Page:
As October nears, I feel the pull of the seasons stronger than ever. It draws me toward home with nostalgia for family and New England, and… certain friends.
The idea of a “friend” has changed over the years, and I have some thoughts on it. Probably cynical ones, mind you, because I don’t think that, outwardly, a friend is what it used to be pre-internet.
At its very core, the idea of having a friend is to have a support system – someone who shares some of your interests and views, someone you can have fun with, and who is also there for you when life is not so fun. It’s kind of like a spouse or partner, except there’s no desire for physical intimacy and no romantic attachment.
Things like Facebook have complicated this idea of friendship. For example, I don’t see all of my Facebook “friends” as friends. A few are friends in the traditional sense of the word – people whose company I enjoy, who I can do fun things and talk about shared interests with, and exchange gripes about our lives with, but we’re talking maybe 5% of the people in my entire “Friends List.” And at least one of those friends doubles as family, because I’m lucky enough to have a great bond with my sister.
Some were friends once, but we’ve grown apart. I like that we’ve kept in touch, but the bond isn’t as strong or there at all. That’s just a fact of life. It’s nice to keep up with them, but I won’t be scheduling coffee dates with them from 1400 miles away.
Where does that leave the other people on this “Friends List”? Some are online friends only, people I’ve “known” for a number of years online and would be happy to meet in real life, but distance prevents it. These friends were discovered through a specific shared interest, but also have other qualities or shared views that I value. These are fellow writers, readers, and genealogists, and there’s often another quality or aspect to their personality that makes me want to keep up with them, too.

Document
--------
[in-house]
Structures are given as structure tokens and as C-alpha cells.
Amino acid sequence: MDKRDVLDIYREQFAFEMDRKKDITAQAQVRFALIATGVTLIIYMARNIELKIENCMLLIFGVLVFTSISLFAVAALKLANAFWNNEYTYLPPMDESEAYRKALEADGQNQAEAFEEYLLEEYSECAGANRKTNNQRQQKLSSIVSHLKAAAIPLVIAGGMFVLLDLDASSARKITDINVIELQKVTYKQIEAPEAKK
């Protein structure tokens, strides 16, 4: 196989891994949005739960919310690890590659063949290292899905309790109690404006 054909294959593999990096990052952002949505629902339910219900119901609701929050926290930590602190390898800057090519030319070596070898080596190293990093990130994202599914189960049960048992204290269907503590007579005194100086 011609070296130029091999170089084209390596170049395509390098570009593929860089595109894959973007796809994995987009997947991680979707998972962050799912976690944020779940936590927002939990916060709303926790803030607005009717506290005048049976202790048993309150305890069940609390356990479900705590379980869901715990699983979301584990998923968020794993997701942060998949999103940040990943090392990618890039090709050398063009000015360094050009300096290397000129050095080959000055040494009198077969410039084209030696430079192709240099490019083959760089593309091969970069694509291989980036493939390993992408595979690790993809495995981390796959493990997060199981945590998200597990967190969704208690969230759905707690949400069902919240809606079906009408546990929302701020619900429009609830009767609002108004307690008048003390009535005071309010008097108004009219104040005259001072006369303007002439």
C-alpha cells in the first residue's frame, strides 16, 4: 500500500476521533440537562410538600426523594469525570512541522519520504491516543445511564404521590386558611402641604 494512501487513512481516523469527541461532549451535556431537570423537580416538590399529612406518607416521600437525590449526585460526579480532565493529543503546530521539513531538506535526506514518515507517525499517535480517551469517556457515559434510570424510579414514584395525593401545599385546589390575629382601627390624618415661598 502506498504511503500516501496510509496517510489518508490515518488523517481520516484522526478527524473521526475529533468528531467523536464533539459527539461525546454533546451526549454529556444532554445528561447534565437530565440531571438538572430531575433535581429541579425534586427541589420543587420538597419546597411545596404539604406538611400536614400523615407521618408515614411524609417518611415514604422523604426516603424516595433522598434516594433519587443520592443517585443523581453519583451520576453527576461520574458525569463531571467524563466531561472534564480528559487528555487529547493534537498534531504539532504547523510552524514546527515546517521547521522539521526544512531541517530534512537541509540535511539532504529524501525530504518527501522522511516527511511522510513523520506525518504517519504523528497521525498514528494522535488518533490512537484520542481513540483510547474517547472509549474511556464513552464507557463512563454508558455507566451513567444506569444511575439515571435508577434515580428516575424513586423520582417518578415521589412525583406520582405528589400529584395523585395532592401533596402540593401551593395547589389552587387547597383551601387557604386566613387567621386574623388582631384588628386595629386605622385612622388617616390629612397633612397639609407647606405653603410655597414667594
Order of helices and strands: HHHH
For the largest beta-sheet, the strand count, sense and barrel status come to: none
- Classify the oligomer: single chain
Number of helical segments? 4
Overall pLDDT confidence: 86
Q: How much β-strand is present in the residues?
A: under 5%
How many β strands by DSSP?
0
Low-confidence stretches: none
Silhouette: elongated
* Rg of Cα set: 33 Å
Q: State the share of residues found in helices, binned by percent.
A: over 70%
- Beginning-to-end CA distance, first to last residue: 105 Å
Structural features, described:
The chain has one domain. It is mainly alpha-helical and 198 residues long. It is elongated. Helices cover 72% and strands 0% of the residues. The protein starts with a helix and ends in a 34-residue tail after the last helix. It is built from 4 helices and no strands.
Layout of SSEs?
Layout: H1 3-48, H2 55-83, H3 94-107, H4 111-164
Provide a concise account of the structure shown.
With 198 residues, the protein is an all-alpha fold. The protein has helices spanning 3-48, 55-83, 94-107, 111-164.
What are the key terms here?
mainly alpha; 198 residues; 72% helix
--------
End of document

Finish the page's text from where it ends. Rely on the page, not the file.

Some are other moms whose kids are the same age as my daughter. I like these moms and I enjoy hanging out with them. However, that time is sporadic and not likely to change. That’s okay. I don’t mind that, but I’ll be honest: I prefer their Millennial, 20-and-30-something company over my own Generation X, anyway (and my rant about how Generation X disappointed me and let the world down is a whole other kettle of fish). So I don’t pass up a chance to see these moms, if I can help it. In fact, I’d like to spend more time with them.
And it’s not that I don’t hang out with the moms whose kids are the same age as my son; it’s just that I don’t know any. My son doesn’t participate in social activities or parties that have ever necessitated my presence, so the one time I briefly met other mothers was the year he flirted with the idea of playing baseball. They already had their mom cliques, as opposed to the moms I met when my daughter started pre-school. Of course, they’ve formed their social groups, too, but it was a lot easier to be welcomed among them from the get-go. As far as the high school moms, well… it turns out they’re part of the Gen Xers I want to rant about, anyway.